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Group seeks to pressure Power Authority on aid

LOCKPORT -- Mayor Michael W. Tucker will be in Washington on Wednesday to try to pull strings aimed at winning concessions from the New York Power Authority for communities shut out of the Niagara Power Project relicensing talks.

Tucker, chairman of the Eastern Niagara Power Project Alliance, will be joined by representatives of the Public Power Coalition, a primarily northern Erie County group, at a meeting in Sen. Hillary Rodham Clinton's Capitol Hill office.

The goal of the session is to try to find out what pressure New York's senators and the local congressional delegation could bring to bear on the Power Authority, which is seeking approval from the Federal Energy Regulatory Commission for a new 50-year license for its hydroelectric plant in Lewiston. The current license expires Aug. 31.

As part of the application process, the Power Authority negotiated with the Niagara Power Coalition, which includes Niagara County and six municipalities and school districts in western Niagara County. As host communities, they won a billion-dollar package of cash and discount electricity.

The City of Buffalo and Erie County won $279 million from the Power Authority after Rep. Brian Higgins, D-Buffalo, exerted some political pressure.

But all efforts by eastern Niagara County and northern Erie County governments to get on the gravy train have been repulsed.

The Eastern Niagara Alliance has 17 municipal and school members. The Public Power Coalition comprises the cities of Tonawanda and North Tonawanda and the towns of Amherst, Grand Island and Tonawanda.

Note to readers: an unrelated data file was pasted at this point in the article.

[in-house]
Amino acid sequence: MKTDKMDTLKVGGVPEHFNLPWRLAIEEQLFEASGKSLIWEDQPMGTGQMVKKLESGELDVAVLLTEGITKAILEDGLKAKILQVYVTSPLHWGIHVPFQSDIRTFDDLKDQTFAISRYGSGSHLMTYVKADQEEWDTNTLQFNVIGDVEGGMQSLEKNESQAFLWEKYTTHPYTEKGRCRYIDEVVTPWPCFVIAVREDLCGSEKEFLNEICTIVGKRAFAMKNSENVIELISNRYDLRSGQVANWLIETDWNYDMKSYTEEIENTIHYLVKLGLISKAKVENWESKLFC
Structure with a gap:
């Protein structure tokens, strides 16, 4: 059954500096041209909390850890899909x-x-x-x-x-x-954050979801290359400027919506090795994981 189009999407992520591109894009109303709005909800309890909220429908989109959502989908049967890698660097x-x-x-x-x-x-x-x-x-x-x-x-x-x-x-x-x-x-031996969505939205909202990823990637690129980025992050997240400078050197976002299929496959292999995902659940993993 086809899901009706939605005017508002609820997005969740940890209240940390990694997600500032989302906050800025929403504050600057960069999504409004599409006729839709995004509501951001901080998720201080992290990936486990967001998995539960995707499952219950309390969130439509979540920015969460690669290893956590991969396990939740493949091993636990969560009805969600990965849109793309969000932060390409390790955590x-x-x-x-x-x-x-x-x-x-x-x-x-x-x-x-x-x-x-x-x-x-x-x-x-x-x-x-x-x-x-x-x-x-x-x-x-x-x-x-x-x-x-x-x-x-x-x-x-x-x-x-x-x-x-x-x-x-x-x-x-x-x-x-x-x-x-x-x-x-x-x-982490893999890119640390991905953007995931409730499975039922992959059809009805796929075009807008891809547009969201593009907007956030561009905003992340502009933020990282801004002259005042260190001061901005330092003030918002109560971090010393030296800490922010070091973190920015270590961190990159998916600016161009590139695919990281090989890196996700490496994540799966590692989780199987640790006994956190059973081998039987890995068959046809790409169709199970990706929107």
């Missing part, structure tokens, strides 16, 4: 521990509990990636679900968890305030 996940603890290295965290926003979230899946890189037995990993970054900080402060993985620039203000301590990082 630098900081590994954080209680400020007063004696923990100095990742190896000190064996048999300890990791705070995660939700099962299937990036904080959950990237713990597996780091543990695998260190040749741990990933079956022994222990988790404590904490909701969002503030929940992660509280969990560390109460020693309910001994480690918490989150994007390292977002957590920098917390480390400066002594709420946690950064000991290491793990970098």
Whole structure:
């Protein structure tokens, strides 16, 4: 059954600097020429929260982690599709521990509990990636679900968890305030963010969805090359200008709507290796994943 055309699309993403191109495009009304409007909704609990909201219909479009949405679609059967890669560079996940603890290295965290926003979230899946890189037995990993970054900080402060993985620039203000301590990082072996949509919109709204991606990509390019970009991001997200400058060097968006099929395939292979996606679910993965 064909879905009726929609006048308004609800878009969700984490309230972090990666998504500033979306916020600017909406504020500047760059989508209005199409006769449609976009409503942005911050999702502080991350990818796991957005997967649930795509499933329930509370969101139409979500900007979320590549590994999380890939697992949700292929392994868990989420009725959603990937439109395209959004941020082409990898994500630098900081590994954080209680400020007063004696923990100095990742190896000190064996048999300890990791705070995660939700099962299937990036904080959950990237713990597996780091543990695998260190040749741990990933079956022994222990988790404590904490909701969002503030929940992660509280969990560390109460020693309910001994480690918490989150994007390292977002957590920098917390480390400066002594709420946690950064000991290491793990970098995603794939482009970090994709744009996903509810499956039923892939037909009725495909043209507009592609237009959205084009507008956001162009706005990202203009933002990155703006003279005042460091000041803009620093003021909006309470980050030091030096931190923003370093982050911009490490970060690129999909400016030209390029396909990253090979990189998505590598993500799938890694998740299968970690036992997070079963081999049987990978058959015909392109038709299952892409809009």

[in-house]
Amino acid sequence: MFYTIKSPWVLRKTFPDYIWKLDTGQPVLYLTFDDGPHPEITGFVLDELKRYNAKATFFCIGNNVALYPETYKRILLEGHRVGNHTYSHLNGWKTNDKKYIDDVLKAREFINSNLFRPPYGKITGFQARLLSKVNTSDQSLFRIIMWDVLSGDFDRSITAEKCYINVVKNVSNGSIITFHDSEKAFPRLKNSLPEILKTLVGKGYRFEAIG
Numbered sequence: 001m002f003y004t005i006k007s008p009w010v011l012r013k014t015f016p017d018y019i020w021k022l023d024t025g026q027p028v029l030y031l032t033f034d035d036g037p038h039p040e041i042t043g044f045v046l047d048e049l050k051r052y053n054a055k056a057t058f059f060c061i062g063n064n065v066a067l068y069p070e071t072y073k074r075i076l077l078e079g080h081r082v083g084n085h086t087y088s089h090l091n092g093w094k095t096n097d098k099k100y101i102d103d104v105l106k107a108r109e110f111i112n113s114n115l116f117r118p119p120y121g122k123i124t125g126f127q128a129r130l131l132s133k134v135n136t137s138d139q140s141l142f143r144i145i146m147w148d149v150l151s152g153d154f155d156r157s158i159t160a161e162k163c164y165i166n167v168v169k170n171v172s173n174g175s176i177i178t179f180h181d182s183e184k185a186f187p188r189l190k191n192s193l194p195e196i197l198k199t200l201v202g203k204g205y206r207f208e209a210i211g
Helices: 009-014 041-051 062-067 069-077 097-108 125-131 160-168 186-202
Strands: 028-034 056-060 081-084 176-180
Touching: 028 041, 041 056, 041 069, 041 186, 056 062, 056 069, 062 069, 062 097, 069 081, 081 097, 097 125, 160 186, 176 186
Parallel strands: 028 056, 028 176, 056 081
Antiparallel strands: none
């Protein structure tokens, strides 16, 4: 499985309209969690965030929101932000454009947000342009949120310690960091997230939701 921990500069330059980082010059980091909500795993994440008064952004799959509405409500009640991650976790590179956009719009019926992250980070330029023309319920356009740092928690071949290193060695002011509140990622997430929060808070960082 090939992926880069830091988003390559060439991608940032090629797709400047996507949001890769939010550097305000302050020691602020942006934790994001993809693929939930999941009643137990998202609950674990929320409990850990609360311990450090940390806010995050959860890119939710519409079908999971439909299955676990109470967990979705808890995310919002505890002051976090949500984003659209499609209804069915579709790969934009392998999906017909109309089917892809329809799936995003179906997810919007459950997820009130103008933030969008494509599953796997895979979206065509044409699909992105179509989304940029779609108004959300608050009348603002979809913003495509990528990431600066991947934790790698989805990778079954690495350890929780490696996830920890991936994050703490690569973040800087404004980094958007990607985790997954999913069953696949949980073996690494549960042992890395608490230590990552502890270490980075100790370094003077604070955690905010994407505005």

"We've talked to [the Power Authority], but they're not taking to it," Tucker said.

"If FERC directs us to negotiate with those organizations, we would," Power Authority spokesman Michael Salzman said. "We think we've reached fair and equitable licensing and nonlicensing agreements with appropriate Western New York interests for a balanced approach to Niagara Project relicensing, to assure low-cost power to the region, including its businesses and industries."

Salzman added, "The commission dismissed their arguments for additional compensation in the final environmental impact statement [in the relicensing application]."

"We'll try a different angle," Tucker said. "Sen. Clinton looks like she's running for president. We're trying to get her attention and hope she can help redress the situation."

Nina Blackwell, a spokeswoman for Clinton, D-N.Y., said the senator will not attend in person. However, Josh Vlasto, a spokesman for Sen. Charles E. Schumer, D-N.Y., said his boss will be there. Rep. Thomas M. Reynolds, R-Clarence, also may attend.

Salzman said the Power Authority's view is that the eastern Niagara group should be trying to persuade Niagara County to give it a share of the power the county won from the Power Authority. A County Legislature resolution to do that was tabled in committee Wednesday.

Tucker said he had "mixed emotions" on that action. He said if Niagara County did distribute some power to the localities, like Lockport, that have water and sewer plants, as the resolution envisioned, it would save the city substantial costs.

But, he added, "It could potentially hurt the cause for the rest of the group." The Niagara County Legislature only has "so much power to go around. I want to make sure those members get something for all the work and expense they've put in."


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